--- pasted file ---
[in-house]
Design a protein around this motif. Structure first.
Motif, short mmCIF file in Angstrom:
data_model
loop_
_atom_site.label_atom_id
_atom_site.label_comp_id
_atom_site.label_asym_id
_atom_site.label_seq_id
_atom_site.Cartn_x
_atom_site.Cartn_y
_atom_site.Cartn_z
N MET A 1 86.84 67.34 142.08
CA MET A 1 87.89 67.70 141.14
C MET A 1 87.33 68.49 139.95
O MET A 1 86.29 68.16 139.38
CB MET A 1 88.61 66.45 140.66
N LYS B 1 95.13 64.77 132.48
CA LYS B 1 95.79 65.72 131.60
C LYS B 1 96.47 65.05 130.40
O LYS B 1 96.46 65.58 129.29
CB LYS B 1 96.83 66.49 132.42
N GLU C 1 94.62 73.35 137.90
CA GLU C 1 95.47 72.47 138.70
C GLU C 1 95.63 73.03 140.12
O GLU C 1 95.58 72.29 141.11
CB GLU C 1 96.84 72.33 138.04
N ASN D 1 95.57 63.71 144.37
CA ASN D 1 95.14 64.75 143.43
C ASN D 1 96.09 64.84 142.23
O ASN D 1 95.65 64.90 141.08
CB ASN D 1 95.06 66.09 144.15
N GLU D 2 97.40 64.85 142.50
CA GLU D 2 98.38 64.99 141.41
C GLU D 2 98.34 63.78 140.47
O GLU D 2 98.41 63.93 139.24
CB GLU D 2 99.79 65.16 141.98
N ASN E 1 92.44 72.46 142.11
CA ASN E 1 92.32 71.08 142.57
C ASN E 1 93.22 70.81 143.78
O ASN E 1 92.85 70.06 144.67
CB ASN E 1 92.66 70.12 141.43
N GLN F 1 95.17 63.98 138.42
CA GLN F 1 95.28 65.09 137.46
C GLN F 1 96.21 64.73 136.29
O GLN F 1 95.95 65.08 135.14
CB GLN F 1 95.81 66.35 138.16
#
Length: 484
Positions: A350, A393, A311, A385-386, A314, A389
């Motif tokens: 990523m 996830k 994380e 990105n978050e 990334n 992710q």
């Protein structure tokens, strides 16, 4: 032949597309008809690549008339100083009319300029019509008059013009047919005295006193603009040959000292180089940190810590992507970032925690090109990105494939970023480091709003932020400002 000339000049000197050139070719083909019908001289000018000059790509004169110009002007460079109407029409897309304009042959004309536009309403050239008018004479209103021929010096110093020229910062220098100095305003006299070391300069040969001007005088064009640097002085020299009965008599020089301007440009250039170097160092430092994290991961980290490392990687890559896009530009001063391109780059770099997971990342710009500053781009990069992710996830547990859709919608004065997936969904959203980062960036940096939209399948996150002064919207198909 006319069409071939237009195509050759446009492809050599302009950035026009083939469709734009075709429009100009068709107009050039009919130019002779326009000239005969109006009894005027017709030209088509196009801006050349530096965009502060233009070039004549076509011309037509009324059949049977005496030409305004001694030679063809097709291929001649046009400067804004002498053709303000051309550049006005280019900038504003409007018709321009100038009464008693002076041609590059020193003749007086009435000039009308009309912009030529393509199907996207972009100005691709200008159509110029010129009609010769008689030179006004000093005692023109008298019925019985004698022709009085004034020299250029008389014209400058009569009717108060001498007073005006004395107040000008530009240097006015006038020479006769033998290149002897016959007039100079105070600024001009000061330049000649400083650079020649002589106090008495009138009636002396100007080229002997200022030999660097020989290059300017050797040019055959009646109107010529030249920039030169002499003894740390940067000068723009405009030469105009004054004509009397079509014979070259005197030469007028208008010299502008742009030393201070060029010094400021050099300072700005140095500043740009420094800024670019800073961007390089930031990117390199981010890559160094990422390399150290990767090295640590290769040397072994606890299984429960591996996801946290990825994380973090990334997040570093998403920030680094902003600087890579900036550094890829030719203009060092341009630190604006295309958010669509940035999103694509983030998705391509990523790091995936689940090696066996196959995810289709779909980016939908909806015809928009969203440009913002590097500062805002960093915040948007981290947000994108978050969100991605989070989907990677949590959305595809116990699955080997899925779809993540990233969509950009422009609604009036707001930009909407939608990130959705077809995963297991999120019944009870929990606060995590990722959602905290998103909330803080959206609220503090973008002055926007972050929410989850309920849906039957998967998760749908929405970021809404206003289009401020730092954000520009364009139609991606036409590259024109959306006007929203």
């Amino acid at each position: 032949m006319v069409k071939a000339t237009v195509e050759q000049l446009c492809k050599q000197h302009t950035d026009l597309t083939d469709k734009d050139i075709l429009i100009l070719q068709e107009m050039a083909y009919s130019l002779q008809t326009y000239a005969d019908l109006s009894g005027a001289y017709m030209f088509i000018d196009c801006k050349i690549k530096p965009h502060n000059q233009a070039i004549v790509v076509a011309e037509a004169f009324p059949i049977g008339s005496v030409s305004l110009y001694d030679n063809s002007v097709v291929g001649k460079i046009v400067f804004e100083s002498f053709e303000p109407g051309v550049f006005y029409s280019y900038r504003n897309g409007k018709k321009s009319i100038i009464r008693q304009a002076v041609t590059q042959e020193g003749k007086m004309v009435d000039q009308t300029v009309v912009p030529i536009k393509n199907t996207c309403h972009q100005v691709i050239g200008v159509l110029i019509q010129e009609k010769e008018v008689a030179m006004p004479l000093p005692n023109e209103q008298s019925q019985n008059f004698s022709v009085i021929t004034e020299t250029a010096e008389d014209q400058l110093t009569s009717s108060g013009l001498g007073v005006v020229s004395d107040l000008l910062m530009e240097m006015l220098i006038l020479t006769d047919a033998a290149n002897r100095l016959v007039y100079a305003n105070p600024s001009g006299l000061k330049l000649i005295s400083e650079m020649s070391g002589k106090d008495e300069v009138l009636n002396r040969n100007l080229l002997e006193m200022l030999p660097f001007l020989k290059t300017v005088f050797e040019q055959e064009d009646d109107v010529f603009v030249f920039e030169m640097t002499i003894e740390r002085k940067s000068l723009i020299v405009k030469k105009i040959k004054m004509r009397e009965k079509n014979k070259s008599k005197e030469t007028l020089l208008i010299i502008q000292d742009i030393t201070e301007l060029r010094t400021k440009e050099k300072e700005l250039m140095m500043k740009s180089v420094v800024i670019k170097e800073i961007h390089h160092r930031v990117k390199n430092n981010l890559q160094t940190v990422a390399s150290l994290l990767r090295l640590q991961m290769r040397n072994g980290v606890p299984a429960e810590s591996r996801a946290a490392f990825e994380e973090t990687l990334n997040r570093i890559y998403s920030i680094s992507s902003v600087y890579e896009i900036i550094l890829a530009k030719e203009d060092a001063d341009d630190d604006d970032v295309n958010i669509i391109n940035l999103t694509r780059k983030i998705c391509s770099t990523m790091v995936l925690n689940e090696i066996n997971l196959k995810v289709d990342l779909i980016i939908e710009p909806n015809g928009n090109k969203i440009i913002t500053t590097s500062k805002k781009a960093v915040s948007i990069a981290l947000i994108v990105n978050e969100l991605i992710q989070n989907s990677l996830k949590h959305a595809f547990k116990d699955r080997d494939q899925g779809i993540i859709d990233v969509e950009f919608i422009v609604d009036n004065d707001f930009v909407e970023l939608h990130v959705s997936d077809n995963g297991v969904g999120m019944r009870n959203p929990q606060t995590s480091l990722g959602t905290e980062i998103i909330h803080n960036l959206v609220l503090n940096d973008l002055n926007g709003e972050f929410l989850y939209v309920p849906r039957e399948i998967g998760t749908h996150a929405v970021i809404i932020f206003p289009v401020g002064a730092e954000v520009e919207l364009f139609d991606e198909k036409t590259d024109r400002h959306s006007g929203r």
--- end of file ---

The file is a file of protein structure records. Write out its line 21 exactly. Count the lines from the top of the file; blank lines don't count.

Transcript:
O LYS B 1 96.46 65.58 129.29